Social networks should not need EU hate speech rules (but they do)

Chris Burns - May 31, 2016, 1:25 pm CDT
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Social networks should not need EU hate speech rules (but they do)

Internet mega-brands Facebook, Twitter, Microsoft, and YouTube agree on a “code of conduct” with the European Commission to remove “hate speech” from their networks in less than 24 hours. This update does not necessarily hold these companies accountable the same way a hard-and-fast written law would in any one individual country. Instead, this would be more of an agreement – a hand-shake – between the companies to combat hate speech. According to this code of conduct, they’ll be “developing counter-narratives promoting non-discrimination, tolerance and respect, including through awareness-raising activities.”

Reuters reports that this measure has been put in place after months of EU government efforts to crack down on hate speech amid recent terror attacks and the refugee crisis. SEE: Why Banksy just painted Steve Jobs.

“The recent terror attacks have reminded us of the urgent need to address illegal online hate speech.” said EU Justice Commissioner Vera Jourova via Rueters, “Social media is unfortunately one of the tools that terrorist groups use to radicalize young people.”

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But why can’t these social networks hold themselves accountable?

Is it a question of cost?

Does it cost too much cash to hire enough moderators to take care of hateful comments as they appear?

It seems to me that this is not unlike the release of the 1906 novel “The Jungle” by Upton Sinclair. A book that led to the Meat Inspection Act of 1906.

Meat packing companies in the United States couldn’t be bothered to ensure the safety of their workers and sanitary conditions for the food they were preparing. Not at first. Not until all their competitors did it, too.

Each of these brands have some rules in place to combat hate speech without the EU’s code of conduct – that’s true.

To combat hate speech, these companies support the European Commission and EU Member States in their efforts to block said negativity before it spreads.

That’s the key.

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Not blocking hate speech instantly, but stopping it from spreading… is, if you’re familiar with the internet, maybe not a notion that seems all that feasible.

They aim “to respond to the challenge of ensuring that online platforms do not offer opportunities for illegal online hate speech to spread virally.”

“The spread of illegal hate speech online not only negatively affects the groups or individuals that it targets,” says the code of conduct, “it also negatively impacts those who speak out for freedom, tolerance and non-discrimination in our open societies and has a chilling effect on the democratic discourse on online platforms.”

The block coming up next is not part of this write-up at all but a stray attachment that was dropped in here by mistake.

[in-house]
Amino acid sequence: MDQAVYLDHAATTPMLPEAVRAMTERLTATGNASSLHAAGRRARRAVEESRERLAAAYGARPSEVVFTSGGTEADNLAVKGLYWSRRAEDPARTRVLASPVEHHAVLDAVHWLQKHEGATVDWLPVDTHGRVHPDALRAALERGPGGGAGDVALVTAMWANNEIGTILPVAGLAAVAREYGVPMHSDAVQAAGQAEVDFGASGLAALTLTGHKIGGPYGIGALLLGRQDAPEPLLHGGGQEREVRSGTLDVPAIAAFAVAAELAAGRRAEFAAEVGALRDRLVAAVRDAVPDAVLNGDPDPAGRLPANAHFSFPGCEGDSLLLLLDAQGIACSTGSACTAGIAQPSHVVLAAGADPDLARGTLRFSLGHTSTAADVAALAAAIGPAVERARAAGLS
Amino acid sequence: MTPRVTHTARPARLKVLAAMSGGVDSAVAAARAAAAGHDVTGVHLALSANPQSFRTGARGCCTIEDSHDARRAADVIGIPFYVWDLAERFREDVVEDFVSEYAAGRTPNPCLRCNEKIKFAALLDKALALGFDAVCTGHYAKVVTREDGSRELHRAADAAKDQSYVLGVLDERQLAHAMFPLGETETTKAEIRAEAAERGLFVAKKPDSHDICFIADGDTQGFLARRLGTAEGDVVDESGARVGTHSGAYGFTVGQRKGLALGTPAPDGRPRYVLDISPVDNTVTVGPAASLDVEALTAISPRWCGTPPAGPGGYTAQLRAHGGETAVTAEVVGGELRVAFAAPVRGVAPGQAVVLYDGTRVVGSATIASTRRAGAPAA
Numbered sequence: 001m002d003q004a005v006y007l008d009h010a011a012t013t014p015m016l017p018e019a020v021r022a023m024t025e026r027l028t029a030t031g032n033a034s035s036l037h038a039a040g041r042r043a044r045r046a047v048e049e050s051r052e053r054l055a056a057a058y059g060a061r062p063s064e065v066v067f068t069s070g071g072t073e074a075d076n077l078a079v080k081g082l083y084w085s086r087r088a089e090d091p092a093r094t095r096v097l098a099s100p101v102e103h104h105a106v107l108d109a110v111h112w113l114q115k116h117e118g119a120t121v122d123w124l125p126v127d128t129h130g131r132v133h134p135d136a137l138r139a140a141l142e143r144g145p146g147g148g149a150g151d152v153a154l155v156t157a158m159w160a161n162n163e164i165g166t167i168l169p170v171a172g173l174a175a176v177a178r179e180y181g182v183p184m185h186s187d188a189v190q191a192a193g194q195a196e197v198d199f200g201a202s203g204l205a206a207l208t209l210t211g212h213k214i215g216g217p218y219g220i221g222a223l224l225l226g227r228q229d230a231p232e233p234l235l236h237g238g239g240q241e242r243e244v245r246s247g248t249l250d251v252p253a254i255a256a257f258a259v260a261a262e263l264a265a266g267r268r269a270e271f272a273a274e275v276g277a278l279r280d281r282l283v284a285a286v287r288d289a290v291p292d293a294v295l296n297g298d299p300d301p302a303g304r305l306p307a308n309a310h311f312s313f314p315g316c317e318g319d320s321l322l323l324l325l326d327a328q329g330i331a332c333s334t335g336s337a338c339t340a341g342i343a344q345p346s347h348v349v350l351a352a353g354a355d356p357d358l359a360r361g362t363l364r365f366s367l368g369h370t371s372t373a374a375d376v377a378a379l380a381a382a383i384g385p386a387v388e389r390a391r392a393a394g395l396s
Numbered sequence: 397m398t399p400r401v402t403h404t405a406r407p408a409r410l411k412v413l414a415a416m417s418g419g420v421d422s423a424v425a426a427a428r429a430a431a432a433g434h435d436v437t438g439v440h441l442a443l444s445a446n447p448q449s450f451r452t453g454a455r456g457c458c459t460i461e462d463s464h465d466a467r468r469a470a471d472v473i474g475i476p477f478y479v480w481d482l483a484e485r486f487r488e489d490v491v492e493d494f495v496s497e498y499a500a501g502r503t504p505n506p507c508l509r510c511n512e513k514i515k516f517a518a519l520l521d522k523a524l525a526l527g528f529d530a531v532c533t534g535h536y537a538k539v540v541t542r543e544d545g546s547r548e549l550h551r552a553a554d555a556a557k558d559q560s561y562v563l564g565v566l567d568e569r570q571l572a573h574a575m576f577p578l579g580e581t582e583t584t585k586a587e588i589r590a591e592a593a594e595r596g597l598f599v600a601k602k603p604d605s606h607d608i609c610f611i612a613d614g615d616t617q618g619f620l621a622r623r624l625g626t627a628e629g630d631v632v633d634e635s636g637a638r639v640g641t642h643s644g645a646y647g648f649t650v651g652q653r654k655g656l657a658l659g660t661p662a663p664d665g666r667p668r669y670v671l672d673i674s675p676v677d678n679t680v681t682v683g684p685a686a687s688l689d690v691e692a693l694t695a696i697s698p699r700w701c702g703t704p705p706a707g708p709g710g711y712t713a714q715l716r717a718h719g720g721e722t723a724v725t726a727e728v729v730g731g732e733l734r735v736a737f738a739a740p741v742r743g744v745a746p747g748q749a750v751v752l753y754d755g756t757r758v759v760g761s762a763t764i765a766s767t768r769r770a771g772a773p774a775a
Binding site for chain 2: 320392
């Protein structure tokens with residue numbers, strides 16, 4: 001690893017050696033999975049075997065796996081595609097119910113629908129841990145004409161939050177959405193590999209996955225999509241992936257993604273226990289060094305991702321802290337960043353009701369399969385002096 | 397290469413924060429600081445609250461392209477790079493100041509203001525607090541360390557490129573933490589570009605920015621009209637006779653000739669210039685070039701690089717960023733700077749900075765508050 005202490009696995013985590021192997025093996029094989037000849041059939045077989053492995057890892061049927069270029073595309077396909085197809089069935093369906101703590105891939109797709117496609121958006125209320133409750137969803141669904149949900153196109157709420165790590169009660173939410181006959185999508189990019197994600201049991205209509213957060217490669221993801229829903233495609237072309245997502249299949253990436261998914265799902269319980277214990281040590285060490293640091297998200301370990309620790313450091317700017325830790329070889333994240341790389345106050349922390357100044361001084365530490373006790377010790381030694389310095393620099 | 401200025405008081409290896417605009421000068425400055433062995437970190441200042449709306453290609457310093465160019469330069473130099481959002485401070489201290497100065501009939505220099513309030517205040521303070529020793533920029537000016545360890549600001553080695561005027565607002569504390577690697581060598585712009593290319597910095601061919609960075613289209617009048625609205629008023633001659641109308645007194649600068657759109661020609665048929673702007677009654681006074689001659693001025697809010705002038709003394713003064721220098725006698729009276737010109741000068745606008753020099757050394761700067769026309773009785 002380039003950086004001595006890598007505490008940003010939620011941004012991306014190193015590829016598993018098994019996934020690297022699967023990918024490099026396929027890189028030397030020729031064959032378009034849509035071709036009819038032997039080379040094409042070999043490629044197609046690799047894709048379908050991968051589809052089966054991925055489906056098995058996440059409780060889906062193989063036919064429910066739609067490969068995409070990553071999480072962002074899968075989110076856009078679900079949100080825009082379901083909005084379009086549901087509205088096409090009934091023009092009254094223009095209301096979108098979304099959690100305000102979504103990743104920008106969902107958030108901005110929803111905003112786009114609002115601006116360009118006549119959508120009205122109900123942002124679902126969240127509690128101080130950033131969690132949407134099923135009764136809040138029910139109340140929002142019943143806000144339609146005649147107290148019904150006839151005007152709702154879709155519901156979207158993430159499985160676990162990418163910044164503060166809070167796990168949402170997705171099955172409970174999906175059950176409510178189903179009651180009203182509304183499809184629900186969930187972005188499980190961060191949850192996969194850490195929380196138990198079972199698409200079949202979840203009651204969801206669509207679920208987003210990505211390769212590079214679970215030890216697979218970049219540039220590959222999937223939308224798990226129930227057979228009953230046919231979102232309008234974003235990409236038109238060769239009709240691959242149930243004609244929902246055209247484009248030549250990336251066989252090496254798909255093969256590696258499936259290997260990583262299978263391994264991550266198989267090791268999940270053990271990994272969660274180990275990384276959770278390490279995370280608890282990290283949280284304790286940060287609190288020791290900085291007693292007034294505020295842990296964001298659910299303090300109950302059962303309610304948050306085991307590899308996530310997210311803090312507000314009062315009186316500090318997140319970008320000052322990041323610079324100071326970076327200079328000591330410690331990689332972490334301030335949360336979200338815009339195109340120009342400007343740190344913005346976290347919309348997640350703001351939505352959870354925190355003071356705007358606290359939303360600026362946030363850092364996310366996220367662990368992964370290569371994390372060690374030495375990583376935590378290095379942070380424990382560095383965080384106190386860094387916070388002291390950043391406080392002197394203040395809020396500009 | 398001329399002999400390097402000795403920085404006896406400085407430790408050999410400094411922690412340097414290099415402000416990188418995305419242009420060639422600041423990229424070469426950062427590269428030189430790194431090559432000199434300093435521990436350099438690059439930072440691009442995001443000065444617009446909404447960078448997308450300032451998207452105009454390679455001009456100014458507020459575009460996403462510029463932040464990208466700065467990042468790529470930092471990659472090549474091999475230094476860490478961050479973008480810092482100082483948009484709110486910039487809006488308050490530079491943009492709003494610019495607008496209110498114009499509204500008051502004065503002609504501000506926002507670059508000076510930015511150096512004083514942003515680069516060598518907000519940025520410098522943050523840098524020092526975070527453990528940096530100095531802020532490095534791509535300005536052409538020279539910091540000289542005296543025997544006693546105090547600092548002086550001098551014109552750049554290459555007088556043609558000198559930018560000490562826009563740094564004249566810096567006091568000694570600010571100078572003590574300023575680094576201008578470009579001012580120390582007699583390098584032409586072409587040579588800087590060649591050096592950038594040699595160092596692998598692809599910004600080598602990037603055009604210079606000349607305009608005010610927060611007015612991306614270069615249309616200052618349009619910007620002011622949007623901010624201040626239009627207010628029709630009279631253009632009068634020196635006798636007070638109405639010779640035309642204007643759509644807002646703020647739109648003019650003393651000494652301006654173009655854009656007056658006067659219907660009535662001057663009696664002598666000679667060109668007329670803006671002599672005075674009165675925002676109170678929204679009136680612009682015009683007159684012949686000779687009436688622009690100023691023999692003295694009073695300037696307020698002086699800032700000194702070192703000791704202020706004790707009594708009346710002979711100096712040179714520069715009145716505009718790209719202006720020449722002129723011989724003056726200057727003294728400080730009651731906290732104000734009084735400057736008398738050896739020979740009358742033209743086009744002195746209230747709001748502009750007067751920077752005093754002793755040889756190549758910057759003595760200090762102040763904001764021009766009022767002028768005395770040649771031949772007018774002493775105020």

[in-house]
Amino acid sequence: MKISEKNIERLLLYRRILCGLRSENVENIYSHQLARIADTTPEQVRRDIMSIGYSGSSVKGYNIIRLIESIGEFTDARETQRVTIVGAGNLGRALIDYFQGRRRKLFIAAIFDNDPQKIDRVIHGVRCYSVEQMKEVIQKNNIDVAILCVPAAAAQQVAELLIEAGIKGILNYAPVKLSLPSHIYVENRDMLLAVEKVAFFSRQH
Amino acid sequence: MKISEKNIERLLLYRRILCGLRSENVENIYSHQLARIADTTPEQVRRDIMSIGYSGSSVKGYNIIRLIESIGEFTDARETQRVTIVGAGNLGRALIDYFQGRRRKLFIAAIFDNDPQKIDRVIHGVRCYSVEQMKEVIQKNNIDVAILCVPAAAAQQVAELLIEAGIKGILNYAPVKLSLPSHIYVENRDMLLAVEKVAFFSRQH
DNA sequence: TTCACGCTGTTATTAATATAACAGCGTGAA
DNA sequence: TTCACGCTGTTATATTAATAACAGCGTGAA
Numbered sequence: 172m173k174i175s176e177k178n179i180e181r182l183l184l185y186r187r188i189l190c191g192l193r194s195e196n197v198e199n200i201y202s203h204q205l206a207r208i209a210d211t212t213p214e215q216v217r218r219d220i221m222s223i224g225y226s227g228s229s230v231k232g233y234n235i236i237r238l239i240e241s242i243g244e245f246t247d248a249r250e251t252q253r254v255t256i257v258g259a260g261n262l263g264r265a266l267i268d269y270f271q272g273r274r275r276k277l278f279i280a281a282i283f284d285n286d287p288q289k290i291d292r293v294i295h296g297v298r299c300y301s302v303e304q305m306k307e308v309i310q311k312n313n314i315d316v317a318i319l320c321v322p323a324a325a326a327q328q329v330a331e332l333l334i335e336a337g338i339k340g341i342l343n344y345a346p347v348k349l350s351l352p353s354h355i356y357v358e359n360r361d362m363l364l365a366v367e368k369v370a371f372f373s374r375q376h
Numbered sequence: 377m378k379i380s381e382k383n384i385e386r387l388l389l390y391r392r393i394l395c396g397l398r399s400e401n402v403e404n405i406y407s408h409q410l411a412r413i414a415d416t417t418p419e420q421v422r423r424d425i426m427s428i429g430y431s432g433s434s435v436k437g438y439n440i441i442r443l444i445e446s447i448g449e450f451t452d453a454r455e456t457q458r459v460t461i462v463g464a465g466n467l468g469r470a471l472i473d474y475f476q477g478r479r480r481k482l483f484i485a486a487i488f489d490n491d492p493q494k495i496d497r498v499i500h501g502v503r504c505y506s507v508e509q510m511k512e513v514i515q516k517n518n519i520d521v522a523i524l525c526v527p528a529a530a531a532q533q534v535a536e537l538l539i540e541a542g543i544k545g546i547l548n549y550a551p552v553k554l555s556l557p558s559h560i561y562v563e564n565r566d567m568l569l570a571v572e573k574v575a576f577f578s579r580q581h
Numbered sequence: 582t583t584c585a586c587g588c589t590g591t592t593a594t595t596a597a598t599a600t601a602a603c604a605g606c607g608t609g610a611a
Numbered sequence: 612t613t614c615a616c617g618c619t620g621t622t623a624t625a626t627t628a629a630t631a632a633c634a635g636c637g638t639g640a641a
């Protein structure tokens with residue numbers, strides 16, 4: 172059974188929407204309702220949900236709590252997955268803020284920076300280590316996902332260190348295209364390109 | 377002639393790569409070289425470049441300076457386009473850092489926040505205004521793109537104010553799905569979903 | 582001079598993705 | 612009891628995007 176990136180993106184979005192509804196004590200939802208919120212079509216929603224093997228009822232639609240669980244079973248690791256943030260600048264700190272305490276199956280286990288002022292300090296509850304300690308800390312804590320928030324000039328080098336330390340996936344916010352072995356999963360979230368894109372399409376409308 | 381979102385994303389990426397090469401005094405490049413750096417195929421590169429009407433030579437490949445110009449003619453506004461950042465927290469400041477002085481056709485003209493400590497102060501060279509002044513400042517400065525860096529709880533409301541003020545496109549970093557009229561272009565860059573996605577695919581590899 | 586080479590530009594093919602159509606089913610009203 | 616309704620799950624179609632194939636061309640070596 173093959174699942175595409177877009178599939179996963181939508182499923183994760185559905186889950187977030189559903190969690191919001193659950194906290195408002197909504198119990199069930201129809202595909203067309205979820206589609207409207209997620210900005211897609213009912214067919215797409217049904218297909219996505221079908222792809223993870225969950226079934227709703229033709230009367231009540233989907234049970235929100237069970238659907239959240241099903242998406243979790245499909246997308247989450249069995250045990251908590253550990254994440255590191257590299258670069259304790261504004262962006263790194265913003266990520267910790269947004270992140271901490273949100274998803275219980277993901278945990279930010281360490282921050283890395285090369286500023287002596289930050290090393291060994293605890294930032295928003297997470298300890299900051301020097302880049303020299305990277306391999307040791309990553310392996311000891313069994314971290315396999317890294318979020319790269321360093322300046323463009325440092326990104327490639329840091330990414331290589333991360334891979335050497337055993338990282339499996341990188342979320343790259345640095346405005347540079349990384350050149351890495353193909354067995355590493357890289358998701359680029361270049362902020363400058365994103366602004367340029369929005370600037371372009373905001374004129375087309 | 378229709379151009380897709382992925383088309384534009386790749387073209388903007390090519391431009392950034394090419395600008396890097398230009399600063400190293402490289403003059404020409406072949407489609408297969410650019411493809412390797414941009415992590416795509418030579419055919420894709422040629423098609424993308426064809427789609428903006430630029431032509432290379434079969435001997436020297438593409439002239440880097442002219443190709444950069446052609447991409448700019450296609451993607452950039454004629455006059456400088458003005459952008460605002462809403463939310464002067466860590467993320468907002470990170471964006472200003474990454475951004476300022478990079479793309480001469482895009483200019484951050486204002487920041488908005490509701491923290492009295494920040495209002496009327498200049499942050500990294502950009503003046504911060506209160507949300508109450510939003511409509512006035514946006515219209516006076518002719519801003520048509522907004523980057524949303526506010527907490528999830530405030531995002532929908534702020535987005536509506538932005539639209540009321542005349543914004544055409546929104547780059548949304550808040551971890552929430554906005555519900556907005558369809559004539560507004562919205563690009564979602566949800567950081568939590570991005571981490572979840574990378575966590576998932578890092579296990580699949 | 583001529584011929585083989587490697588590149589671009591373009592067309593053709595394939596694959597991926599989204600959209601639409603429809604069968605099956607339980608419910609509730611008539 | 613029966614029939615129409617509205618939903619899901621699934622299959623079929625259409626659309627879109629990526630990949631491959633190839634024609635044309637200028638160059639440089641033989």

Companies will review “the majority” of reported cases of illegal hate speech “in less than 24 hours,” and will then “remove or disable access to such content, if necessary.”

This reporting and removal will be misconstrued as an attack on our First Amendment rights here in the United States – but of course that does not make one stitch of sense for more than one reason:

1. This agreement was made in the EU, not the USA.
2. Rules here are not substantially different from codes of conduct each of these brands already have, on their own. The one big difference is the speed at which reporting and removal will happen.
3. Freedom of Speech does not mean “I can say whatever I want without consequences”, it means you can say whatever you want and your government can’t stop you from saying it. Facebook, Twitter, Microsoft, and YouTube, on the other hand, can do whatever they want with your words, whenever they deem it necessary.

It saddens me that an agreement had to me made to combat hate speech in the first place. These networks should have been “combatting racism, xenophobia, and all forms of intolerance” by whatever means necessary already.

But if whatever means necessary includes an agreement like this, then so be it!

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On a final positive note, I’m glad to see that at the end of the code of conduct (available to us this week in PDF form), the authors of said code have included room for further assessment.

“The IT Companies and the European Commission agree to assess the public commitments in this code of conduct on a regular basis, including their impact,” says the code of conduct. “They also agree to further discuss how to promote transparency and encourage counter and alternative narratives.

“To this end, regular meetings will take place and a preliminary assessment will be reported to the High Level Group on Combating Racism, Xenophobia and all forms of intolerance by the end of 2016.”


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